Comparative transcriptome analysis of chemosensory genes in two sister leaf beetles provides insights into chemosensory speciation

Bin Zhang, Wei Zhang, Rui E. Nie, Wen Zhu Li, Kari A. Segraves, Xing Ke Yang, Huai Jun Xue

Research output: Contribution to journalArticlepeer-review

37 Scopus citations


Divergence in chemosensory traits has been posited as an important component of chemosensory speciation in insects. In particular, chemosensory genes expressed in the peripheral sensory neurons are likely to influence insect behaviors such as preference for food, oviposition sites, and mates. Despite their key role in insect behavior and potentially speciation, the underlying genetic basis for divergence in chemosensory traits remains largely unexplored. One way to ascertain the role of chemosensory genes in speciation is to make comparisons of these genes across closely related species to detect the genetic signatures of divergence. Here, we used high throughput transcriptome analysis to compare chemosensory genes of the sister leaf beetles species Pyrrhalta maculicollis and P. aenescens, whose sexual isolation and host plant preference are mediated by divergent chemical signals. Although there was low overall divergence between transcriptome profiles, there were a number of genes that were differentially expressed between the species. Furthermore, we also detected two chemosensory genes under positive selection, one of which that was also differentially expressed between the species, suggesting a possible role for these genes in chemical-based premating reproductive isolation and host use. Combined with the available chemical and ecological work in this system, further studies of the divergent chemosensory genes presented here will provide insight into the process of chemosensory speciation among Pyrrhalta beetles.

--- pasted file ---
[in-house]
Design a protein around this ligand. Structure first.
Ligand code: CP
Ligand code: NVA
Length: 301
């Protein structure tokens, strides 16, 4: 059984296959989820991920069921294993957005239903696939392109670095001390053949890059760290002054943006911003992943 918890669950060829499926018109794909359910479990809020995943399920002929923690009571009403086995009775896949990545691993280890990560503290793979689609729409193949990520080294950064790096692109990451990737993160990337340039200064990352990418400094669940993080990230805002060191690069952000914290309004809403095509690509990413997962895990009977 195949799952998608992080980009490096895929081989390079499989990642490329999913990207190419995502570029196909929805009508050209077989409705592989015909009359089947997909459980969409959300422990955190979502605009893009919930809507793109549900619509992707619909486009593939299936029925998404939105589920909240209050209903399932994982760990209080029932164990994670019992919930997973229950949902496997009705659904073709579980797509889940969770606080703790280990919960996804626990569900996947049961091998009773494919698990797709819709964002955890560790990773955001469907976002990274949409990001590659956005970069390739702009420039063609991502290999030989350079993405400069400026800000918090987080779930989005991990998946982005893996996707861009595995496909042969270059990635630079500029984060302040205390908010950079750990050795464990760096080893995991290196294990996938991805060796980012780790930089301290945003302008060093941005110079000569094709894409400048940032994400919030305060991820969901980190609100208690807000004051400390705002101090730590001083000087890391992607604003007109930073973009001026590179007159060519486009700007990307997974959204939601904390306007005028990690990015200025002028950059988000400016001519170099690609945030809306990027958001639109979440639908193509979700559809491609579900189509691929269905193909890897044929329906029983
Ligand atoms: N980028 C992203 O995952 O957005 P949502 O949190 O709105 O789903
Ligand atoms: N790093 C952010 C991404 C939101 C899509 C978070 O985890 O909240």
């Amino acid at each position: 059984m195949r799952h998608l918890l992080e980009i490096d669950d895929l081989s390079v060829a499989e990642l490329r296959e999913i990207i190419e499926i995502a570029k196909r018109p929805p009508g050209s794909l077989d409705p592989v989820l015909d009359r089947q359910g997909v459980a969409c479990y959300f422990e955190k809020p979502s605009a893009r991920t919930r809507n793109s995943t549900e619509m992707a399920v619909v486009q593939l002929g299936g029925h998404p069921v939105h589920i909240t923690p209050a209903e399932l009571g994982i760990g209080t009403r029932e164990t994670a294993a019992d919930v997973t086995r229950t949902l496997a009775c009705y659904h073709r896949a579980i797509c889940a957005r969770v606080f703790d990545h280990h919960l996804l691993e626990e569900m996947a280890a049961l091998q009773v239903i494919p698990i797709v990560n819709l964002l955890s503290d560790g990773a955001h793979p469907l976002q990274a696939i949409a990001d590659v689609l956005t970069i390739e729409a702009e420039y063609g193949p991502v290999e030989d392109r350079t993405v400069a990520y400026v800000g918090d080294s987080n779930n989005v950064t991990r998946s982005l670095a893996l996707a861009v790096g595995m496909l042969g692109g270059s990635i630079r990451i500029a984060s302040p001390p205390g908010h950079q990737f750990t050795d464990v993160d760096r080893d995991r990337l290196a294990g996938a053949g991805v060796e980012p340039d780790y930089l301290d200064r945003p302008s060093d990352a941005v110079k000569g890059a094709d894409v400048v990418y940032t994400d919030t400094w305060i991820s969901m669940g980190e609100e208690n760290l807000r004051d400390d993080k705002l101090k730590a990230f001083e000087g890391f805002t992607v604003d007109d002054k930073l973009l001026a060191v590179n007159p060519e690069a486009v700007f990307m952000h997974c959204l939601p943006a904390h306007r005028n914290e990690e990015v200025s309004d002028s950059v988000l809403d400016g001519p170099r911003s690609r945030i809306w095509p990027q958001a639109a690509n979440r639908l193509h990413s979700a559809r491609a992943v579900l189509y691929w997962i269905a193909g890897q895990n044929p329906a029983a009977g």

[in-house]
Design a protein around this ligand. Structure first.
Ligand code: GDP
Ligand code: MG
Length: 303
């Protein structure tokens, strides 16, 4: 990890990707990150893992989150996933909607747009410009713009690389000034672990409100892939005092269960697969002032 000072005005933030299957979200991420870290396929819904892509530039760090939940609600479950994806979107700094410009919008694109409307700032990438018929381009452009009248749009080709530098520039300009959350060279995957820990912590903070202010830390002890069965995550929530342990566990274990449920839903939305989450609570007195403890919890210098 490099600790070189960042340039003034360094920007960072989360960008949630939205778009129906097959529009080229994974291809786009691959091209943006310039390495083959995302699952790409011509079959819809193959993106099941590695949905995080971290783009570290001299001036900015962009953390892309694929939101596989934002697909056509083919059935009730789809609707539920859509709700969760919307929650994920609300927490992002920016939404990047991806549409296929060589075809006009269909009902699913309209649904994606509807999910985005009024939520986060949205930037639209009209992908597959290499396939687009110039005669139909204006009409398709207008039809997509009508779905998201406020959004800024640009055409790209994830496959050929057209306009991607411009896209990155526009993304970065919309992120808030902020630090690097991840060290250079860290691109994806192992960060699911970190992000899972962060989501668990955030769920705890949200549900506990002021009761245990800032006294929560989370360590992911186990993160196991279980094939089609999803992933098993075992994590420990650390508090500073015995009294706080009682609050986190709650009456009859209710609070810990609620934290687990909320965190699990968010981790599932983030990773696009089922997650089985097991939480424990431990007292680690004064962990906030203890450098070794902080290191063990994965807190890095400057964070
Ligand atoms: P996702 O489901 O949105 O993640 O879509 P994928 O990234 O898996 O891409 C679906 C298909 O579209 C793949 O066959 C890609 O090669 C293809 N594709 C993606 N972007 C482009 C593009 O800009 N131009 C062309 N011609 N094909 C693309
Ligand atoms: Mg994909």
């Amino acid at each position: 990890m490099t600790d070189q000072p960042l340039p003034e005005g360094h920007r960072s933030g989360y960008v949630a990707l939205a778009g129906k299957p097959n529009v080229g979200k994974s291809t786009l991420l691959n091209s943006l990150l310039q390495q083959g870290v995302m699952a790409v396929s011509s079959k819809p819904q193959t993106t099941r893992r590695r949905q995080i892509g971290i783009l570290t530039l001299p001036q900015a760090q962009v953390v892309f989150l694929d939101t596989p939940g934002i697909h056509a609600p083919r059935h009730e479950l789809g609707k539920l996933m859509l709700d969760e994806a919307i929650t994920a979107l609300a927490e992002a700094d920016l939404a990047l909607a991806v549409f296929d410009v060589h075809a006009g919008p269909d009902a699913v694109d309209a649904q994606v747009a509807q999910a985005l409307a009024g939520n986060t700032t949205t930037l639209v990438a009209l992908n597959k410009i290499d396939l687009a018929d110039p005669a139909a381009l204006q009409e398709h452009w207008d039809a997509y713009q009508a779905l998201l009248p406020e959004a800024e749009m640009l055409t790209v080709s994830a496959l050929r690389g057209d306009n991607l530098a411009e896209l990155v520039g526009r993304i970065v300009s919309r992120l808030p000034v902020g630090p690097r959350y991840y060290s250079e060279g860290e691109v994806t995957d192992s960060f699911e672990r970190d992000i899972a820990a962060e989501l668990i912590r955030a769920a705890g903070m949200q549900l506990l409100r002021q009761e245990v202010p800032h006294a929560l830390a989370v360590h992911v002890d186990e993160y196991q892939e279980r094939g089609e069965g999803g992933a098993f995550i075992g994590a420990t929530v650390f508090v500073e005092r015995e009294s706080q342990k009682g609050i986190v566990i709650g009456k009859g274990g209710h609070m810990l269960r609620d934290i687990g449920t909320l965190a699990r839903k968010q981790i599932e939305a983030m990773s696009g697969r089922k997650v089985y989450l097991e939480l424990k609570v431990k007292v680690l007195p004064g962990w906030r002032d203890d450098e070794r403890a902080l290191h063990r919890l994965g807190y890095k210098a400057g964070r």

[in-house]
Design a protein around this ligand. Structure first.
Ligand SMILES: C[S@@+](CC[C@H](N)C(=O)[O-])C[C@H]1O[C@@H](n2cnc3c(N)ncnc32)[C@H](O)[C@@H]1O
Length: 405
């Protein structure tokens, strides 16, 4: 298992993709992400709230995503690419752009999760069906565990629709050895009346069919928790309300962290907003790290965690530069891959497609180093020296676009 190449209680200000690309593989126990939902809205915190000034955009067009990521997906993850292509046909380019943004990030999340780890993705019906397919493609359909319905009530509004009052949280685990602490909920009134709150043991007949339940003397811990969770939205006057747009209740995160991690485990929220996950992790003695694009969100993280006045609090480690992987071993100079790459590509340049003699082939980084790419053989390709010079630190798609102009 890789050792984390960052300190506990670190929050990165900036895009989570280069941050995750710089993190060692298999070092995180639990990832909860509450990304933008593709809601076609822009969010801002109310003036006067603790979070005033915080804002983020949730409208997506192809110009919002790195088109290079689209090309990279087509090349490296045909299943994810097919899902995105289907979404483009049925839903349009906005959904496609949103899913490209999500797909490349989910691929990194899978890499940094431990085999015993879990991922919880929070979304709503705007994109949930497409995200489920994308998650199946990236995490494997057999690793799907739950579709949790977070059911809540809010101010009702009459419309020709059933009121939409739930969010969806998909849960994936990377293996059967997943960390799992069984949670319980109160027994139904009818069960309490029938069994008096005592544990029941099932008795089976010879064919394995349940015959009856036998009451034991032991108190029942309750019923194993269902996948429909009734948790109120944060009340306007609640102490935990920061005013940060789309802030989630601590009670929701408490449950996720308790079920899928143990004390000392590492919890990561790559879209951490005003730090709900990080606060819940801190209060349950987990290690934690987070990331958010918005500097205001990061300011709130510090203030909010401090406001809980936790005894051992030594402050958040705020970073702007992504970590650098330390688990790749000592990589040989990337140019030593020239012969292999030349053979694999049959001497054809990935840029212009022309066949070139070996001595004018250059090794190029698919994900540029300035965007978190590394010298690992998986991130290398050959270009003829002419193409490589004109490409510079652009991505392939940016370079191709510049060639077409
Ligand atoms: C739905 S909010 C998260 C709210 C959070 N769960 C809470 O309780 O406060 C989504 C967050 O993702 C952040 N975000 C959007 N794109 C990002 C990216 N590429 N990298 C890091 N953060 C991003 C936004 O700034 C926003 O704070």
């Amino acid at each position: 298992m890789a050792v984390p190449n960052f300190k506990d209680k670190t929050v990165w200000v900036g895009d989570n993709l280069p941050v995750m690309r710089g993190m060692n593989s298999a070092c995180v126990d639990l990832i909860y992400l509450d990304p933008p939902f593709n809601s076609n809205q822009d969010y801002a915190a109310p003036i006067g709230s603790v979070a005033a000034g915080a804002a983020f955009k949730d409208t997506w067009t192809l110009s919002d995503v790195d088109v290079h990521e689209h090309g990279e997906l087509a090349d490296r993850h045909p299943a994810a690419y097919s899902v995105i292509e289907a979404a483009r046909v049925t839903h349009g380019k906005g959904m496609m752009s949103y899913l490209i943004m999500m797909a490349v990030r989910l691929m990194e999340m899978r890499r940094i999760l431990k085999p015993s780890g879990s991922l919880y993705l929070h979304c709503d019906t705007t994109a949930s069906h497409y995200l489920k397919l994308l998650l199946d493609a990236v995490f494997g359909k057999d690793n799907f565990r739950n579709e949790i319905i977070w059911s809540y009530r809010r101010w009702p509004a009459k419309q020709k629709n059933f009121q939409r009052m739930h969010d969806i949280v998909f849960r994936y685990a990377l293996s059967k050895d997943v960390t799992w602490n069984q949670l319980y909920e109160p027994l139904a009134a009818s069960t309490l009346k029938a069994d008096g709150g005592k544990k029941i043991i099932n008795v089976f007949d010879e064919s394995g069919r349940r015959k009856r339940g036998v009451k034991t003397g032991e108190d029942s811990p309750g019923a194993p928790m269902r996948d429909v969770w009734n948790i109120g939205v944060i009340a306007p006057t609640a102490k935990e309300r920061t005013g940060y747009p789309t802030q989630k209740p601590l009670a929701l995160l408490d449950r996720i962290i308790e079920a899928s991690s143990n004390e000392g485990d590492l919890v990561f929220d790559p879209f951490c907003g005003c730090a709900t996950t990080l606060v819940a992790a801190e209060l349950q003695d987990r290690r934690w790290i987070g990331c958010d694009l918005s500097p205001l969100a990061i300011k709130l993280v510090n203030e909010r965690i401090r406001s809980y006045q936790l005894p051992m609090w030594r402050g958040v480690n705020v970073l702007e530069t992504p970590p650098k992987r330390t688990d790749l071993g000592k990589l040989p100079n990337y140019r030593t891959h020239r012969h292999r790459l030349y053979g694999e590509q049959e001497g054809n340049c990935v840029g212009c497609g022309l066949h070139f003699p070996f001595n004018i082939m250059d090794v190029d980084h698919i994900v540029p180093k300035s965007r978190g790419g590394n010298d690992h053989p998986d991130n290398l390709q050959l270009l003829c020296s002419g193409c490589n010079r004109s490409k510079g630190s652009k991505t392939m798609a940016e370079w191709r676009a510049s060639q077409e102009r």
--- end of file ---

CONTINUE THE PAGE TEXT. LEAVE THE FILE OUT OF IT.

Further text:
Original languageEnglish (US)
Pages (from-to)108-118
Number of pages11
JournalInsect Biochemistry and Molecular Biology
StatePublished - Dec 1 2016


  • Antennal transcriptomics
  • Chemosensory genes
  • Chemosensory speciation
  • Chrysomelidae
  • Host plant use
  • Positive selection
  • Pyrrhalta

ASJC Scopus subject areas

  • Biochemistry
  • Molecular Biology
  • Insect Science


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